Friday, October 25, 2013


Let me call attention to this video  of the late South Indian vocalist K.V. Narayanaswamy.  I believe that I've praised KVN (as he was known) in these parts before, as quite possibly the finest musician I've ever heard live (at the very least, on a short list with Carlos Kleiber.*)  If you're not familiar with Karnatic music, just pay attention to the small details, the gamakas or ornaments in the melodic line, which are functional within each Raga, so that the movement between particular tones in the mode is associated with particular gamakas, which can involve oscillations between tones. slides to and from tones, and subtle intonation. KVN executes these beautifully, but even more, he projects these with elegant hand gestures (start around 17:30 for some of the most expressive movements), which are too individual and intuitive to be considered systematic or formal in any way, but yet so consistent and clear within his own performances to be thought of as merely casual.  The music, indeed all South Indian music, has a strong extemporized component, but the relationship of voice to hand here is not impromptu, but integral to a powerfully worked-out and complex rhetorical art that is also and immediately expressive.

* As long as we're talking elegant gestures, if you don't know the black and white pit footage of Kleiber conducting Tristan in  Bayreuth in the early '70s, you definitely ought to.  Kleiber uses his whole body in a way that ought to be extravagant, but he's performing to an audience who cannot see him, and in many viewings, I've increasingly become convinced that not a single gesture or movement is wasted.  Ecstatic, yes, extravagant, no.  

Wednesday, October 16, 2013

Melodies in the Marketplace that is Tonality

A small thought experiment. Read this lay-person friendly article about the complementary work of two of the recent Sveriges Riksbank Economics prize winners, Fama and Shiller, and then summarize it in your head, substituting for "market", "tonality", and for "securities prices", "melody."  The fit isn't precise (do we identify final tones in the tonic as dividends?), but I think you'll get a useful charge out of the exercise, particularly with regard to the questions of anticipation — which would predict some recurrent directionality — and random fluctuation — which would go along with melodic variety.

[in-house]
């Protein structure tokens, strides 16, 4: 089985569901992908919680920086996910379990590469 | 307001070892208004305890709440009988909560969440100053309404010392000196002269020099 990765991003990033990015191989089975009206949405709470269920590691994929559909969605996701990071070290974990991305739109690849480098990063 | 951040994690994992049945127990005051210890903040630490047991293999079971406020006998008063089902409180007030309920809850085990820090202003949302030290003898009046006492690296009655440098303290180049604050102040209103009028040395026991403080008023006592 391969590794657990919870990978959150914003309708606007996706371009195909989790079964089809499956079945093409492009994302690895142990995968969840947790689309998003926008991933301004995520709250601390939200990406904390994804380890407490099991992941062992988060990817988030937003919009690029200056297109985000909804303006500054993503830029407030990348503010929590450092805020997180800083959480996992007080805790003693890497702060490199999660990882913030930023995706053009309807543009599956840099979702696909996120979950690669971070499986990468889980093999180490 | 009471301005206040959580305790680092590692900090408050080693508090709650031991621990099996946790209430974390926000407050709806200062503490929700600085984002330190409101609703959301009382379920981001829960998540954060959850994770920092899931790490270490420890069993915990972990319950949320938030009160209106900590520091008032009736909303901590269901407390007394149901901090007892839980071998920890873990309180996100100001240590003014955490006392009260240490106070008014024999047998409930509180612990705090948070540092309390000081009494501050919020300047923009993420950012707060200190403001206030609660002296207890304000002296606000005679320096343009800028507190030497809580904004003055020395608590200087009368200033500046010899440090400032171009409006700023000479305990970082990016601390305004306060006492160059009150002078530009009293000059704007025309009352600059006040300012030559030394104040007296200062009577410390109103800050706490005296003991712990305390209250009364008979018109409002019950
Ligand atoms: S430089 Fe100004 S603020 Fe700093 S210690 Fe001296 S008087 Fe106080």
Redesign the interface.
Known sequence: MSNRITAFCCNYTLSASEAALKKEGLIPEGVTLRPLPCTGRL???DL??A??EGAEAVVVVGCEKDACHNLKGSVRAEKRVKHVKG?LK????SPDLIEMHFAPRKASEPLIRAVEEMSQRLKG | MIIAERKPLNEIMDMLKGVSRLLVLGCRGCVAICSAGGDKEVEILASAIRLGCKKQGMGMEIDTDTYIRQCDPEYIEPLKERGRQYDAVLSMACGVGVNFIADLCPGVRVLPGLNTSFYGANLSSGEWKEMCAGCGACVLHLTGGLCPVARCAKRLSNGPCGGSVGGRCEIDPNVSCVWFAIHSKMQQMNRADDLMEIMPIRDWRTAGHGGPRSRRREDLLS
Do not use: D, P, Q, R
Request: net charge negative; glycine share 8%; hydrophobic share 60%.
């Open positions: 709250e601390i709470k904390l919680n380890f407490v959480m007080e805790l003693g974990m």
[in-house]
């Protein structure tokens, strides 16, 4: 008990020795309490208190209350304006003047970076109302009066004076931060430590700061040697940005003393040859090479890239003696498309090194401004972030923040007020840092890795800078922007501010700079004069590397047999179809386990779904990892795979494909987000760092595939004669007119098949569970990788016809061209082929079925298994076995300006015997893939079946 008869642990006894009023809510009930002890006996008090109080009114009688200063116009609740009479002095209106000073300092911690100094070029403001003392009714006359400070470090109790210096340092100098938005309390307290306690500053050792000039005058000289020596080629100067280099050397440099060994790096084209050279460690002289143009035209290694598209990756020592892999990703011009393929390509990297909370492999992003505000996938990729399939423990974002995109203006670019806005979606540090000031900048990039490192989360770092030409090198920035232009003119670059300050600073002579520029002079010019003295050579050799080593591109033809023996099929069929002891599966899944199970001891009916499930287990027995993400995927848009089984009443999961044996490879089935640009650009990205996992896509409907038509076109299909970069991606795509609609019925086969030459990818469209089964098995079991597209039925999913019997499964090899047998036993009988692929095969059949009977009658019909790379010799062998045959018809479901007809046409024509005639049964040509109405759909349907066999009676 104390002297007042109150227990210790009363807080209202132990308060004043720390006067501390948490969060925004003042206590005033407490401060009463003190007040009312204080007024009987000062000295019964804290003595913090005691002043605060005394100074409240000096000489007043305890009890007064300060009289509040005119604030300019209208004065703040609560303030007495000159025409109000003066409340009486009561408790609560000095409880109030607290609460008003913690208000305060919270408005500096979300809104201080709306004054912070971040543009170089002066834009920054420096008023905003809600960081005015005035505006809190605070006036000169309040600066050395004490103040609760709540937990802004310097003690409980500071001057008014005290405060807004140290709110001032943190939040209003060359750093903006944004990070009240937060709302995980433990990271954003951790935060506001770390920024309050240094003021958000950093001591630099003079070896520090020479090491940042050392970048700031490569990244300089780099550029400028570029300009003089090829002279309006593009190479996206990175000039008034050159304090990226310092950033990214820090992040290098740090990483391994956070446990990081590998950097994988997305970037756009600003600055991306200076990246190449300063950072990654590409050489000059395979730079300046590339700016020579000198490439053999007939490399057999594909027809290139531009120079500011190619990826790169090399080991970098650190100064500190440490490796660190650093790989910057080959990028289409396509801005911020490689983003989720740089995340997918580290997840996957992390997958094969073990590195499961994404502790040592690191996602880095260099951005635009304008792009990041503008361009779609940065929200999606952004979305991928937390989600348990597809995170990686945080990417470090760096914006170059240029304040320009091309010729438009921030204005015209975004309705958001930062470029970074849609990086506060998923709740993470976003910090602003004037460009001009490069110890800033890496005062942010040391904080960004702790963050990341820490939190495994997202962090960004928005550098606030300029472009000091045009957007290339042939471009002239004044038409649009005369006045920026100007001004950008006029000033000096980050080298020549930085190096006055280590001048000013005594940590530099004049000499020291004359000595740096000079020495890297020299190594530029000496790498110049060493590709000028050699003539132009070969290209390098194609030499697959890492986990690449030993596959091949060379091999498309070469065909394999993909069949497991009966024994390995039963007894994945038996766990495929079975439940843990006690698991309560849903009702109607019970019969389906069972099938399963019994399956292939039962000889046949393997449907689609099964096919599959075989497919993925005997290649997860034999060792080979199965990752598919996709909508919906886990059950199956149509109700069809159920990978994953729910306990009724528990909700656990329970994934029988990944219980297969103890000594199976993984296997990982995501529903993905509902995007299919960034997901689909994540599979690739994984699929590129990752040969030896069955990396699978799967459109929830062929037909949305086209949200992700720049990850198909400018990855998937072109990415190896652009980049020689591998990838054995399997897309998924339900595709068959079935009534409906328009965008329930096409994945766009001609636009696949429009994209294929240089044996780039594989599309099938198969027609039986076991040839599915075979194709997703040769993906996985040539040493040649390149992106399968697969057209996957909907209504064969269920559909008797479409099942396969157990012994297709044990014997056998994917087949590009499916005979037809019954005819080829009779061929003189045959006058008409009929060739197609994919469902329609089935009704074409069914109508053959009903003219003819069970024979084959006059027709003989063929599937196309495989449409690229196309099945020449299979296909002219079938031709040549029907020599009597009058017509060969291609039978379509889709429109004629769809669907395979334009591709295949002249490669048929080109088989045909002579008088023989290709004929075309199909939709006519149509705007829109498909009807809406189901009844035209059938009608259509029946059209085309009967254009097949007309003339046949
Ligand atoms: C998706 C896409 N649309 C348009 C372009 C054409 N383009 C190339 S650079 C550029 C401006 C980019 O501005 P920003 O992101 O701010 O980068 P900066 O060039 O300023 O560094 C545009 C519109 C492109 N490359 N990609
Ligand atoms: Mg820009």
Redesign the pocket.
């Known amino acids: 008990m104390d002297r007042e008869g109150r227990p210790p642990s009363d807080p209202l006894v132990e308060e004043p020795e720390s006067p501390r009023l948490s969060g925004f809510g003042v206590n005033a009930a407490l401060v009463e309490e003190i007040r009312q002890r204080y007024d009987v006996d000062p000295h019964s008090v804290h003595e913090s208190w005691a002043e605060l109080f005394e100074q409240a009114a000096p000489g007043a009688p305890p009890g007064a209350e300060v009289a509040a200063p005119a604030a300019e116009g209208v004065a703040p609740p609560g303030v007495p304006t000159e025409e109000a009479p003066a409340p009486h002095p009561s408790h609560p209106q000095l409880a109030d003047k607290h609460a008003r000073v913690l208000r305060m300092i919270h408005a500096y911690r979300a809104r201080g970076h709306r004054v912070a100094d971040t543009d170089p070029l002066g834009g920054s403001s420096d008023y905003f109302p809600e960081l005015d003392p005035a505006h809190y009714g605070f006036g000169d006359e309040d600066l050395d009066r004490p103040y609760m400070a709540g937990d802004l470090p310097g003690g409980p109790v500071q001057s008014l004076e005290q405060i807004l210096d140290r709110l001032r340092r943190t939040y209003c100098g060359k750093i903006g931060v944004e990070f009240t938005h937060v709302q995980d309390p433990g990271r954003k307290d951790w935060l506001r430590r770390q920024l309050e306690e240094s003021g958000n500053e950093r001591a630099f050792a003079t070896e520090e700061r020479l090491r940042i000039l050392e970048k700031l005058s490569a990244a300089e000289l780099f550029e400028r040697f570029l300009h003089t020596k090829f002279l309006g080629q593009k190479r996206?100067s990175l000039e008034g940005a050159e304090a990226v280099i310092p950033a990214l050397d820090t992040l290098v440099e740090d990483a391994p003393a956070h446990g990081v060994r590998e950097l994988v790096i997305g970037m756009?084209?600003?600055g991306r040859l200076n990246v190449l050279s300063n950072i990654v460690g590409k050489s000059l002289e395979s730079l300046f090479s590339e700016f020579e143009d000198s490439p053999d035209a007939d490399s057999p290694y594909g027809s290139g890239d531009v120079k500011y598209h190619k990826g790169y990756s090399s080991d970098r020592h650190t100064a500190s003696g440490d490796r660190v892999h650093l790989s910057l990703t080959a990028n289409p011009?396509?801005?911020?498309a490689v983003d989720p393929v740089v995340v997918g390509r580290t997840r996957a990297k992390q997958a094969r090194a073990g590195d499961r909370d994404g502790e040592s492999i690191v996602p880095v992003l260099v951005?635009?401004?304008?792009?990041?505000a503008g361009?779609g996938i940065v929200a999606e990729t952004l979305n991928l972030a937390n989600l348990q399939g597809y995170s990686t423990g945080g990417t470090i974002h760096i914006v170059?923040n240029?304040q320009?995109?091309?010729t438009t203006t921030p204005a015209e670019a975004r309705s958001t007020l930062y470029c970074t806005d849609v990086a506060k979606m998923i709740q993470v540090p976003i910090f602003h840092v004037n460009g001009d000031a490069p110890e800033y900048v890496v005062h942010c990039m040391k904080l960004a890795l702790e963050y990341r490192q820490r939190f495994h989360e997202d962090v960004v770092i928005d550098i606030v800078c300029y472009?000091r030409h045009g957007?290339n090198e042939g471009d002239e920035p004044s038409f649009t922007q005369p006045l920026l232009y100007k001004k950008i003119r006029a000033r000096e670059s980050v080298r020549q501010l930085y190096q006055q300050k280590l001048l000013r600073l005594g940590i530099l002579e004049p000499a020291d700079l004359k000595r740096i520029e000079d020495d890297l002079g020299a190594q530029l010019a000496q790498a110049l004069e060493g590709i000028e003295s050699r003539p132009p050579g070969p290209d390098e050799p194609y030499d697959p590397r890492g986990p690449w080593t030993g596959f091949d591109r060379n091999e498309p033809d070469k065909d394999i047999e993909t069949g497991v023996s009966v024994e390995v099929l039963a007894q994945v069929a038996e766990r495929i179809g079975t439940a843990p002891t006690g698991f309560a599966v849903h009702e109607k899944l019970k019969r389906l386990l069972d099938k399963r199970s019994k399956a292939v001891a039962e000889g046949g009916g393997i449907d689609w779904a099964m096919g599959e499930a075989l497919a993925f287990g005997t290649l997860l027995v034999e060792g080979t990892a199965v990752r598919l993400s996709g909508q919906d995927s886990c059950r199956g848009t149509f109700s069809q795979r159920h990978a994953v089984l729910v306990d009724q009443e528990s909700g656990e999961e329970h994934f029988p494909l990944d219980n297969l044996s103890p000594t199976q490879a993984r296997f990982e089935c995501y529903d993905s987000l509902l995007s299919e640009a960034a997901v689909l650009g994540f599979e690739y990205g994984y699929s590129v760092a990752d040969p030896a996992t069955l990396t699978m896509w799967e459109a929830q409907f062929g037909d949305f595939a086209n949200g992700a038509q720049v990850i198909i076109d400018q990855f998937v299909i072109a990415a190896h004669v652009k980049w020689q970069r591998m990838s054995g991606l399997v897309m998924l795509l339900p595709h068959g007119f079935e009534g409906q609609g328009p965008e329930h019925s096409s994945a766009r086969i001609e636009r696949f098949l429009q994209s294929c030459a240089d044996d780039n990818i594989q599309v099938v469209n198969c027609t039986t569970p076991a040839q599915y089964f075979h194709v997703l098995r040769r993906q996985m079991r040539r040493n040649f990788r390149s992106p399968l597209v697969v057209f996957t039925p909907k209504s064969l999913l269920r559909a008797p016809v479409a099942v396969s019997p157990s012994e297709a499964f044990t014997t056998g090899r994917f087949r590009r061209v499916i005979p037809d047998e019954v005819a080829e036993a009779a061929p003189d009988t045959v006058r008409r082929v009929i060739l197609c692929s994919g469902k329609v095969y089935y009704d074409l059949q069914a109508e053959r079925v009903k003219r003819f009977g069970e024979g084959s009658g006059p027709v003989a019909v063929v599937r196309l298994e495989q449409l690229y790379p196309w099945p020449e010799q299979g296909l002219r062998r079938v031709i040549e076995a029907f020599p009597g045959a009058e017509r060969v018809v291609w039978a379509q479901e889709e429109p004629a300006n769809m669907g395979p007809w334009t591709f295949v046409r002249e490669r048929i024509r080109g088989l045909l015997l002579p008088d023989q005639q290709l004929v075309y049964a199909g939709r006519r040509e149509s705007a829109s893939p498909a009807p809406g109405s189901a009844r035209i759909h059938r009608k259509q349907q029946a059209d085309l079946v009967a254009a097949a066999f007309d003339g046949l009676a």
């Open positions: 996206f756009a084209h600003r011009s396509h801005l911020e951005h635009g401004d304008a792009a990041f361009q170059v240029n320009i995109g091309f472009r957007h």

I don't want to push this any further than is warranted, but I have the suspicion that had economists been thinking in terms of tonality rather than markets in goods, services or securities, then they wouldn't have doddled about too long with Efficient Markets Theory. Efficiency may play a role in other aspects of music making, but a good, distinctive tune rarely works efficiently; indeed, for all the conservative tendencies that appear frequently in melodies (i.e. what goes up must come down, skips return by steps in the opposite direction, etc), the best tend to enjoy their eccentricities and extravagances.  Modeling this with a mixture of goal-oriented directionality, representing the habits and, when present, constraints of a tonal system and random fluctuation, representing composerly flights of imagination, is a reasonable point of departure.

Monday, October 07, 2013

Williams Mix, re-mixed

When John Cage composed Williams Mix for eight tracks (yielding potentially 16 simultaneous layers) of magnetic tape in 1952, he wrote a score detailing graphically the precise orders and shapes of the thousands of segments of tapes that were to be spliced together from libraries of material categorized as  city, country, electronic, manually produced, wind, and "small" sounds.  Cage and his colleagues in the Project for Magnetic Tape took most of a year to assemble the complete piece.  Although the score existed in published form the composer did not anticipate further realizations.  However, with the benefit of digital technology, it has been realized via detailed reading and analysis by Tom Erbe, in multiple (and, potentially, indefinitely many) versions, which you can hear here.*

Although there is obviously considerable variation possible in the material content of Williams Mix, I'm going to go out on a limb and assert that there is definitely a shared and distinctive sound quality common to Cage's electronic and tape music. It is direct in character, sharp edged, with something of the flavor of documentary film.  It is edited, mediated, and shaped, but not made directional, effective, or smoothed out.  The continuity from moment to moment is jumpy but not urgent, and over longer stretches of time, much more coherent than one would expect. And these qualities persist whether the sound sources are conventionally musical (as in Imaginary Landscape Nr. 5), predominantly speech (as in Rozart Mix), or representing an environmental diversity as here in Williams Mix

* There is also a cleaned-up version of Cage's original realization of Williams Mix by Larry Austin, to which Austin has appended his own variations, each using more restricted sets of sound categories, generated by his own program Williams [re]Mix[er].